From the Paris Agreement to the present, climate-changing emissions have continued to increase rather than decrease. Even those related to coal — the most polluting of fossil fuels, which is why it is set to disappear first —are on the rise. The vast majority of the recent growth in emissions, 80%, is related to the activities of only 57 companies and government entities in the fossil and cement sectors.

The Carbon Majors report

The data emerging from Carbon Majors, the database on the origin of climate-changing emissions maintained by the NGO InfluenceMap, are not unexpected, but they make an impression. The database has been around since 2013, inaugurated by researcher Richard Heede of the Climate Accountability Institute (CAI). However, it is InfluenceMap, a group that specialises in studying and exposing lobbying activities, that has updated and republished it in recent days. The database gives an account of 1,421 gigatonnes of CO₂ equivalent produced by 122 companies. A huge amount, accumulated in the atmosphere from 1854 to 2022. 

The anthropogenic origin of these emissions is no mystery, but more than 70% of these gases were released by just 78 companies and entities that were roughly public. The count does not consider all types of polluting activities: it includes fossil fuels (gas, coal, oil) and cement, excluding intensive livestock farming and deforestation. The database, which can be accessed by anyone via a dedicated website, is a goldmine of data.

Who produces the most climate-changing emissions

The researchers divide the producing entities between predominantly privately held companies, public companies, and state-owned entities. The former are responsible for 31% of cumulative emissions, and the top emitters in this category are all Western: Chevron, ExxonMobil, and BP. Publicly owned companies are accountable for 33% of emissions and have predominantly Asian entities at the top of the list: Saudi Aramco, Gazprom, and Iranian National Oil Company. Finally, states are responsible for 35% of cumulative emissions. In the dock is the current Chinese coal production and the Soviet's one of the last century.

In 2015 in Paris, governments from around the world signed what is still the most important international treaty to fight global warming. The Paris Agreement commits the nations of the Planet to gradually reduce their emissions to the point of halting the rise in average temperatures, with the aim of staying below 2°C above pre-industrial levels-that is, before the time when we started altering the climate. But results are taking a long time, and Carbon Majors confirms this. Since then, 117 of the 122 entities examined have released more than 251Gt of CO₂ equivalent. Eighty percent of these can be traced to just 57 entities.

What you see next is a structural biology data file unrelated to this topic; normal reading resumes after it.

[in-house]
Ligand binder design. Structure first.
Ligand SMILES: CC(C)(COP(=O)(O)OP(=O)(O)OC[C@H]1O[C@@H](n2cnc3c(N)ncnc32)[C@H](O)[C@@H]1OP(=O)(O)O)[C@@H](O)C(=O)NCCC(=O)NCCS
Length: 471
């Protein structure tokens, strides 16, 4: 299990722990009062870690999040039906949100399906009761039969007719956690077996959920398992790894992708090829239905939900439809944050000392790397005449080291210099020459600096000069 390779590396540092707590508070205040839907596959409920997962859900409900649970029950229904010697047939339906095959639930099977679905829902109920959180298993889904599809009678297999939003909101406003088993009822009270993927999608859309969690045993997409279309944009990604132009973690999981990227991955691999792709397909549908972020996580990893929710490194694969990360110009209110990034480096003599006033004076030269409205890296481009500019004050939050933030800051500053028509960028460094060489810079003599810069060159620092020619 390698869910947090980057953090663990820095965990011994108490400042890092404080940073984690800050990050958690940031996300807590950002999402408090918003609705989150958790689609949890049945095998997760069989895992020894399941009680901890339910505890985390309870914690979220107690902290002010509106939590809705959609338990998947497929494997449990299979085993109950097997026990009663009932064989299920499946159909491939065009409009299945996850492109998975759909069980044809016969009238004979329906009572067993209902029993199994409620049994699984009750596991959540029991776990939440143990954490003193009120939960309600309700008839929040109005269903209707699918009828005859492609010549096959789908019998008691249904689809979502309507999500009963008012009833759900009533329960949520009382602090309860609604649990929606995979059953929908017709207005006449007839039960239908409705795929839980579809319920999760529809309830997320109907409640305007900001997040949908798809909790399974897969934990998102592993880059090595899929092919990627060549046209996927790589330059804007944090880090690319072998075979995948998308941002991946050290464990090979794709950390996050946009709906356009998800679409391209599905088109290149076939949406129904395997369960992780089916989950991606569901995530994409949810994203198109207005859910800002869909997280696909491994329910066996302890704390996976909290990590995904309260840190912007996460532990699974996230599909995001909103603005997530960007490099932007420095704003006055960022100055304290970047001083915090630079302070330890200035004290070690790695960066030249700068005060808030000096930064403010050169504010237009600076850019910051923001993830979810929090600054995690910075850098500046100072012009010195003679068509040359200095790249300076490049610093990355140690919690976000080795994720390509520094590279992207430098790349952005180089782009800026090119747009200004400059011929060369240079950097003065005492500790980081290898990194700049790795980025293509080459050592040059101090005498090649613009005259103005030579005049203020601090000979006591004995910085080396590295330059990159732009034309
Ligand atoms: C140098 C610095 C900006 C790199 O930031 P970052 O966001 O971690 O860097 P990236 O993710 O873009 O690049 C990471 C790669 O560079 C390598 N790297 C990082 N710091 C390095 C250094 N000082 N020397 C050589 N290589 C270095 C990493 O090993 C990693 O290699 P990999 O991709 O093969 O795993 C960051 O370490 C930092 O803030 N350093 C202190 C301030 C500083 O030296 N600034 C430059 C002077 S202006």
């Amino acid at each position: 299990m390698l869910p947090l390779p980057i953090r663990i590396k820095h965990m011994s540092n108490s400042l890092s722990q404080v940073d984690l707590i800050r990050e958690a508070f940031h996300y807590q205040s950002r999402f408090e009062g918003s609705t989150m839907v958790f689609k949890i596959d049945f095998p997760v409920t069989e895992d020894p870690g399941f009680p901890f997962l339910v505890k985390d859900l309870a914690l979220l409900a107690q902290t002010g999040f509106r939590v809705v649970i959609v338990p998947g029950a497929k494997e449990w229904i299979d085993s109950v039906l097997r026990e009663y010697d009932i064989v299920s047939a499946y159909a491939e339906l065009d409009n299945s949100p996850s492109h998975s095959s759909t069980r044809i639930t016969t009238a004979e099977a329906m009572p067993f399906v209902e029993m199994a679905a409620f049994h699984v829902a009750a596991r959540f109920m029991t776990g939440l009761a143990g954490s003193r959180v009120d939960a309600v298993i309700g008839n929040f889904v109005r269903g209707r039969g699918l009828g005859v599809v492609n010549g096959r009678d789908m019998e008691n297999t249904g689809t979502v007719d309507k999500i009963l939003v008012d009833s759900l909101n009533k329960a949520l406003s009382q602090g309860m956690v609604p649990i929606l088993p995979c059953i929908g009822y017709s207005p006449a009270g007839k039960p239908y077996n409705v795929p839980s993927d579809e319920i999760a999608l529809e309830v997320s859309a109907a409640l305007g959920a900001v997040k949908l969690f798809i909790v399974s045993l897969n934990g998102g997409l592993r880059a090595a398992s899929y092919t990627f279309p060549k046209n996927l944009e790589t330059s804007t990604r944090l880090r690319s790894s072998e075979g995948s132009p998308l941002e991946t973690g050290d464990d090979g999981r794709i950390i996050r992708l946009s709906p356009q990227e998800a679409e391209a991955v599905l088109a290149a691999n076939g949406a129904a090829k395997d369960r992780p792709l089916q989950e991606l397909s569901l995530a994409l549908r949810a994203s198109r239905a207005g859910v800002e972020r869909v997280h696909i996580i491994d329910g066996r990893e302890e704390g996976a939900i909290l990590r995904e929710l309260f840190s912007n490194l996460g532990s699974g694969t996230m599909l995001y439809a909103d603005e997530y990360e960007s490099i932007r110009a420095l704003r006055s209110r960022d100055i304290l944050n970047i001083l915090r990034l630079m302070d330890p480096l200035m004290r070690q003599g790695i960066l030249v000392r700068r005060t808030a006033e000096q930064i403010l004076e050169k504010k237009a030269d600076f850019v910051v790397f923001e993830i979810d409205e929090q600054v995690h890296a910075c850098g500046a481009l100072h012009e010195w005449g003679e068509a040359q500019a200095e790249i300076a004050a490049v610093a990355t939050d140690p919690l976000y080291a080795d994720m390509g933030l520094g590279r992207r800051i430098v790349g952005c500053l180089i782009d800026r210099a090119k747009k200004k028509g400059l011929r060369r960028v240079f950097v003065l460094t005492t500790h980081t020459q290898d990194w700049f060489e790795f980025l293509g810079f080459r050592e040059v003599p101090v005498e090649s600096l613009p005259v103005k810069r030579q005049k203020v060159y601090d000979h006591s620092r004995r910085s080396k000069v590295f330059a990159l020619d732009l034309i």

The majority of responsibility falls on public companies (38% of the total), followed by states (37%) and private multinationals (25%). The vast majority of privately held companies have increased, not decreased, production from the Paris Agreement to the present. At the global level — except in North America — more companies are expanding climate activities than are reducing them. No good news on coal either. The dirtiest and most antiquated of fossils, hoped to be close to peak use and thus beginning its decline, continues to grow: with an 8% increase since 2015. Its use, researchers explain, is shifting from the private to the public sector.

Eni's emissions and the broken promises of COP28

Italian companies also find space in the database. Eni, classified as private but controlled by the Ministry of Economy and Finance, is 33rd out of 122 in the ranking of polluters. The researchers write, "It appears that Eni opposes greenhouse gas emissions legislation and supports maintaining a long-term role for fossil gas in the energy mix. Eni maintains membership in industry associations that promote the use of fossil fuels."

"The Carbon Majors research shows us exactly who is responsible for the deadly heat, extreme weather, and air pollution that threatens lives and causes damage to our oceans and forests," is the comment of Tzeporah Berman, Director of the Fossil Fuel Non-Proliferation Treaty, a fossil fuel ban proposal that has found support from several small nations, the WHO and the European Parliament. "These companies have made billions of dollars in profits by denying the problem, delaying and obstructing climate policies. They are spending millions on advertising campaigns about being part of a sustainable solution while continuing to invest in the wider extraction of fossil fuels."

In December 2023, in Dubai, governments from around the world met again to discuss joint actions to fight the climate crisis. COP28, the name of the negotiating meeting, led for the first time to an explicit promise to reduce fossil fuels. But words continue to fail to be followed by action. And extreme weather events — from droughts to floods — are claiming more and more victims.


This article is also available in Italian / Questo articolo è disponibile anche in italiano


Image: Nik Shuliahin, Unsplash


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